Fungible Token Categories Explained
|— In crypto, fungible tokens are units of value that are part of a set – each one is interchangeable with any other item from that set, and all have the exact same value. DeFi tokens are one good example.|
— There are multiple different types of fungible token in the crypto space, with different functions, uses and underlying value.
— Fungible tokens fall into three broad categories, namely utility, governance and security, all of which have specific utility which defines their value for you, the user.
— Here, we go in-depth about each token category, explaining how and where they are used.
We’ve heard a lot about NFTs, but the world of fungible crypto tokens is becoming more interesting by the day! Here, we give take a deep dive into the different fungible token categories.
Crypto is famous for its pace of innovation, with new projects, blockchains, and ecosystems springing up constantly. Your contact point with all of those things? Your crypto assets.
The tokens in your wallet are what enable you to interact with all the different options blockchain has to offer, but in such a diverse, fast-moving space, it can be hard to keep track of what different tokens actually mean for you.
Let’s change that, shall we? In this article, we’ll explain different fungible token categories, how they’re used and how each one might serve your crypto gameplan. Ready to be a token expert? LFG!
Before we even touch on tokens, let’s start by examining what they are, and what they’re not, with a look at the difference between a coin and a token.
When it sits directly on top of its own native blockchain, instead of enlisting another blockchain as its base, a cryptocurrency is called a coin. What does that mean exactly?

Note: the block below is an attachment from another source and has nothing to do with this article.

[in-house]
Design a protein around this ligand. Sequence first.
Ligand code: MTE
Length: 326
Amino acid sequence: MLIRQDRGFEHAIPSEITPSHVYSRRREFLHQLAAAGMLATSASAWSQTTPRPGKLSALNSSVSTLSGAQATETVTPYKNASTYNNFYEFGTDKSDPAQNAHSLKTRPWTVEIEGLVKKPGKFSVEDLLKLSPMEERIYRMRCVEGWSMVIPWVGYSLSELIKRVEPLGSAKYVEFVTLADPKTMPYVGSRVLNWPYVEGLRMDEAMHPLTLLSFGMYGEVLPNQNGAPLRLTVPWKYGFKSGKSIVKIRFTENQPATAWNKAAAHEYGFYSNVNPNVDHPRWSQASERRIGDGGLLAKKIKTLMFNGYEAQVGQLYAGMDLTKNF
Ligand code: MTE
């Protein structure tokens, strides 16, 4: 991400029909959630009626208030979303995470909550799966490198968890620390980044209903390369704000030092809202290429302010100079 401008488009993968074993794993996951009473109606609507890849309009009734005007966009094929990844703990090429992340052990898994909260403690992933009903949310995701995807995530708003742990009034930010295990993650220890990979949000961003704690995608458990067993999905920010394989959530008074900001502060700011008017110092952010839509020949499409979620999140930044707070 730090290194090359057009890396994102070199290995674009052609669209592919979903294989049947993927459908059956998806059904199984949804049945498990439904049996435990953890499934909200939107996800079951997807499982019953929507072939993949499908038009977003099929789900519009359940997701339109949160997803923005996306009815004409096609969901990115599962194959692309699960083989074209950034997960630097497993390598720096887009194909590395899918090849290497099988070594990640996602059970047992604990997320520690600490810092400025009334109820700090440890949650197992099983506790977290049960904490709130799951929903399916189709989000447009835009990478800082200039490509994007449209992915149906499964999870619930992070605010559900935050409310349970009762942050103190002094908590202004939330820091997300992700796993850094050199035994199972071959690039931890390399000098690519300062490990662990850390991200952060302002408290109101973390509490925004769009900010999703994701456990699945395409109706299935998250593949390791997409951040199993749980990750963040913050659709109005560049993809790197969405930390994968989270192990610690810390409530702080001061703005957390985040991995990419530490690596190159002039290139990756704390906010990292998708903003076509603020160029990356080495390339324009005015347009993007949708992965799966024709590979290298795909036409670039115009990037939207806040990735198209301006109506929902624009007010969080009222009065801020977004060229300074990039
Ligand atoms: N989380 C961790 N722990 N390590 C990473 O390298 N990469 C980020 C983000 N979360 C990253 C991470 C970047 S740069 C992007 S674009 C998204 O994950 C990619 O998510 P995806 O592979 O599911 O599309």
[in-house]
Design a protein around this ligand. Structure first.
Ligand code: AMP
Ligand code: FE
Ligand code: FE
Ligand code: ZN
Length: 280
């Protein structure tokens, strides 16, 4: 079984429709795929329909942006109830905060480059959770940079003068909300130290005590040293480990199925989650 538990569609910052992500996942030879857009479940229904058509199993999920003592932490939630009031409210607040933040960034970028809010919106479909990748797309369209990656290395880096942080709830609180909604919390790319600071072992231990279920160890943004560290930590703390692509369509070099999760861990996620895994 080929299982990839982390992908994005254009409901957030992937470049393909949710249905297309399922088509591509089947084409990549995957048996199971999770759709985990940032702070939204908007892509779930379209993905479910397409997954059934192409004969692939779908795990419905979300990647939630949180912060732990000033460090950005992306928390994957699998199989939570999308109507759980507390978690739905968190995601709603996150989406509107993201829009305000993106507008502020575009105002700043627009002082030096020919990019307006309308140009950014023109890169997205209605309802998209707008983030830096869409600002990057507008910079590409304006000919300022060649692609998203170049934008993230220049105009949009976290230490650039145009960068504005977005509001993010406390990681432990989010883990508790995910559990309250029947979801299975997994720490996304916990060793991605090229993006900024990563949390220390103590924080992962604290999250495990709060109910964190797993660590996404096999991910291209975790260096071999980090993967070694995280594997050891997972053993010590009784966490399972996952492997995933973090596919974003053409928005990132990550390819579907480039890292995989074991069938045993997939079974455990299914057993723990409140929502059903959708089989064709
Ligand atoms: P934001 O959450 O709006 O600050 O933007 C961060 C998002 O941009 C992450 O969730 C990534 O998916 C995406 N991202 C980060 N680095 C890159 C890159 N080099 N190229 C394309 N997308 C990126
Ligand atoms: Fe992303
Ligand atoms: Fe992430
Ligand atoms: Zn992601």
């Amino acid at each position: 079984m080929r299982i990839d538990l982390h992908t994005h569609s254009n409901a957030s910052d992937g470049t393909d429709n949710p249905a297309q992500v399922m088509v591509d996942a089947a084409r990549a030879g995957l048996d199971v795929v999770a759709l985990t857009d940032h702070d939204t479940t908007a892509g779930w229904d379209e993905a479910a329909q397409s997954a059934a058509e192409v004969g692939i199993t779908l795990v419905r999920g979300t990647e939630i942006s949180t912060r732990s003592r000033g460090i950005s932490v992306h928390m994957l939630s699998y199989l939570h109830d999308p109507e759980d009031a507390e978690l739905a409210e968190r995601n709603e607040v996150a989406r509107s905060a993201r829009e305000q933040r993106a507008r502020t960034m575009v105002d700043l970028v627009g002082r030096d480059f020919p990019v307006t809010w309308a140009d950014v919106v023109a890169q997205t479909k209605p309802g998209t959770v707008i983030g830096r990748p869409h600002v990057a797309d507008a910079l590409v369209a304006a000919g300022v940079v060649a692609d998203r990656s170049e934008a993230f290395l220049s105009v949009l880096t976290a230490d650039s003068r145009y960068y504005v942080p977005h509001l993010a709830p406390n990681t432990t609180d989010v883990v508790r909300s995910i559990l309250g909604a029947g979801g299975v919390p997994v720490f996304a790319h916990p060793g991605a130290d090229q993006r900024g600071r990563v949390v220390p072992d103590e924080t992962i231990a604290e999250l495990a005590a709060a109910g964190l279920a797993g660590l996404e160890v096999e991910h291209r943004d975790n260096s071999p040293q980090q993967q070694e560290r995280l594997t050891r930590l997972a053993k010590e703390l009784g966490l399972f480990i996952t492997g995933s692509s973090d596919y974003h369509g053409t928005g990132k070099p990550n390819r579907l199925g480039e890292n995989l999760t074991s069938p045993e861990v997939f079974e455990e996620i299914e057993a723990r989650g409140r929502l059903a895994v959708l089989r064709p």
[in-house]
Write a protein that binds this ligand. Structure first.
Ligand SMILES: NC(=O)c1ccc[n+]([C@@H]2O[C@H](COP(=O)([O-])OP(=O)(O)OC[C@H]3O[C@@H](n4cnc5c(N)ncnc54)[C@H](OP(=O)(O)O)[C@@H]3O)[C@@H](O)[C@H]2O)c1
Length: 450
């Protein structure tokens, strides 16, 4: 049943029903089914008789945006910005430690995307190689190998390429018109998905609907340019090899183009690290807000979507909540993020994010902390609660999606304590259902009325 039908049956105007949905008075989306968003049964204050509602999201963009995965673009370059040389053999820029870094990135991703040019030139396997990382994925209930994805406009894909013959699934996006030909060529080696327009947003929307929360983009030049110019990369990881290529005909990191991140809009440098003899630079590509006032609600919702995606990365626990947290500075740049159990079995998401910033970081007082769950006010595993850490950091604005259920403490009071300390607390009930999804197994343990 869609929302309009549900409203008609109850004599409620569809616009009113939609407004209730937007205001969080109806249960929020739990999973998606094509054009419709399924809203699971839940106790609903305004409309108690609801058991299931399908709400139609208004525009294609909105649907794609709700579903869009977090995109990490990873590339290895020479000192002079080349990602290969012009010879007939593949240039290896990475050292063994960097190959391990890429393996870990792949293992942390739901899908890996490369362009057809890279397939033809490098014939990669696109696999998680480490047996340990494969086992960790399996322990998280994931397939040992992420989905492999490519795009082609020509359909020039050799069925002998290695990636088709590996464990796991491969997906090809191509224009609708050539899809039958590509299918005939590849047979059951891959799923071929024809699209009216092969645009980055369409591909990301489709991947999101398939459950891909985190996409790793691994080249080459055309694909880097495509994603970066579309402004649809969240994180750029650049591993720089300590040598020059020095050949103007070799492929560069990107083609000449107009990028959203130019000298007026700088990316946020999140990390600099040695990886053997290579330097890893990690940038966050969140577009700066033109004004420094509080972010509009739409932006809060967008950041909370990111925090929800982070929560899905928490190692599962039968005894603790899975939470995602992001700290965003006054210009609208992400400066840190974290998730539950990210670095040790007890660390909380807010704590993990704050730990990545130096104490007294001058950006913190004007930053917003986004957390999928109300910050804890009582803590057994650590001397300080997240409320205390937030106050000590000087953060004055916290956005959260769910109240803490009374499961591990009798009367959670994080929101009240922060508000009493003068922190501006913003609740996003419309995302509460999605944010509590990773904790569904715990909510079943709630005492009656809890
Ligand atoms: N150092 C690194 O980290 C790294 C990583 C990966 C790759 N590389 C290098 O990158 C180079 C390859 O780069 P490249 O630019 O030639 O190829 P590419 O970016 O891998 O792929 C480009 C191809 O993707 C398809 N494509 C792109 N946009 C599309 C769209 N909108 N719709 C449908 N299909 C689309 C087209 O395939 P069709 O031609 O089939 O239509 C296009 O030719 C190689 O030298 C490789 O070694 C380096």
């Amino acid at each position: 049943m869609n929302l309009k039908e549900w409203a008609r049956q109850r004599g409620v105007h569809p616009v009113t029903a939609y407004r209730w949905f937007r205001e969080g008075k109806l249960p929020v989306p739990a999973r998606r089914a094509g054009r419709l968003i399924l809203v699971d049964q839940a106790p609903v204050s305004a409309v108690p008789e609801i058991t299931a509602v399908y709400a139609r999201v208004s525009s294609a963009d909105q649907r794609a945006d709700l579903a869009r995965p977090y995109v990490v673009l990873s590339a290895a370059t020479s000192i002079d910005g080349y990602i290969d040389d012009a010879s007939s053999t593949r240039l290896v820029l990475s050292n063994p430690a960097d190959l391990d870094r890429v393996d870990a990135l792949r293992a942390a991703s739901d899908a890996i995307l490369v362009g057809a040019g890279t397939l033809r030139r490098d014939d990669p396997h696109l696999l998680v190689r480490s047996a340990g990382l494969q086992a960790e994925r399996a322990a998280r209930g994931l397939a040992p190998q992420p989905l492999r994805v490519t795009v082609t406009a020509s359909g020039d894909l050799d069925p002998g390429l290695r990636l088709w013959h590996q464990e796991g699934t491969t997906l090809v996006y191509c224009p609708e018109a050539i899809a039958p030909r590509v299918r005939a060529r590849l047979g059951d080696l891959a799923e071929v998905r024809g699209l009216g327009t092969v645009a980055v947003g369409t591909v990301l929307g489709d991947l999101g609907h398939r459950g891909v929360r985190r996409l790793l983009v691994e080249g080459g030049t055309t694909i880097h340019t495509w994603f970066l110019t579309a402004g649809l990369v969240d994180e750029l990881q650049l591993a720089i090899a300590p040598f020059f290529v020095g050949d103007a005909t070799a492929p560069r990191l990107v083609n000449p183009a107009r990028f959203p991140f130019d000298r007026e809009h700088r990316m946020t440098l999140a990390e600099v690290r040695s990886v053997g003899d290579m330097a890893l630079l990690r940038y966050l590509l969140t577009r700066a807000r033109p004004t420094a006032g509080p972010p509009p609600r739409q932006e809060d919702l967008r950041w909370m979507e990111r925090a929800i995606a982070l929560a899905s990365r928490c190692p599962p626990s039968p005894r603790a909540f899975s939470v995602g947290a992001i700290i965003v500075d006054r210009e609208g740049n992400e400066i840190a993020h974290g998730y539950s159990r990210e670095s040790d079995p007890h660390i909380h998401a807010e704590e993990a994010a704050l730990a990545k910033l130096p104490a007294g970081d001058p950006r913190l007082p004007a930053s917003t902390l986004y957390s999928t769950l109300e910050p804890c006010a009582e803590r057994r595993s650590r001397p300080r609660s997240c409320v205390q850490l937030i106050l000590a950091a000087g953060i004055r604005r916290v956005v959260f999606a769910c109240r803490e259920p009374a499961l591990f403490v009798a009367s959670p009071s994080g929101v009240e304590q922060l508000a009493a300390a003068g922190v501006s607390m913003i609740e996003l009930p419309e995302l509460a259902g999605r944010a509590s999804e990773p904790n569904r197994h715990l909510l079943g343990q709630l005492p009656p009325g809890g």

What is a coin? (payment tokens)
Bitcoin and Ether are both good examples of coins. Bitcoin sits directly on the Bitcoin Blockchain, and Ether sits on top of the Ethereum blockchain – in both cases, those blockchains are autonomous and can fully settle transactions on their own, without the help of any other network. This is what makes them coins (although confusingly, coins are sometimes referred to as payment tokens).
OK so where do tokens come in? In 2015, Ethereum added something new to the equation – smart contracts, and the ERC20 token standard. The token standard revolutionized the crypto space by allowing developers to create ecosystems on top of the Ethereum blockchain. This meant that protocols with their own separate currencies could also use the Ethereum blockchain as a base. These derivative currencies are called tokens.
With this definition firmly in mind, let’s get into the nitty gritty of what different tokens exist.
Your Glossary of Token Categories
Broadly speaking, all tokens can be divided into three categories: utility, security and governance, and although tokens frequently fit into more than one of those categories, its important to understand the definition of all three, so you can always know exactly what you’re buying.
Utility Tokens – Platform Based Currency
The vast majority of crypto tokens can be defined as utility tokens. In basic terms, a utility token is about access: it gives the user access to a specific platform or ecosystem We’ll give some great examples below. What’s important to note it that these tokens do not carry any kind of intrinsic value outside their use case, other than being traded.
So what kind of context are utility tokens used in?
DeFi Protocols Tokens – Rewards and Access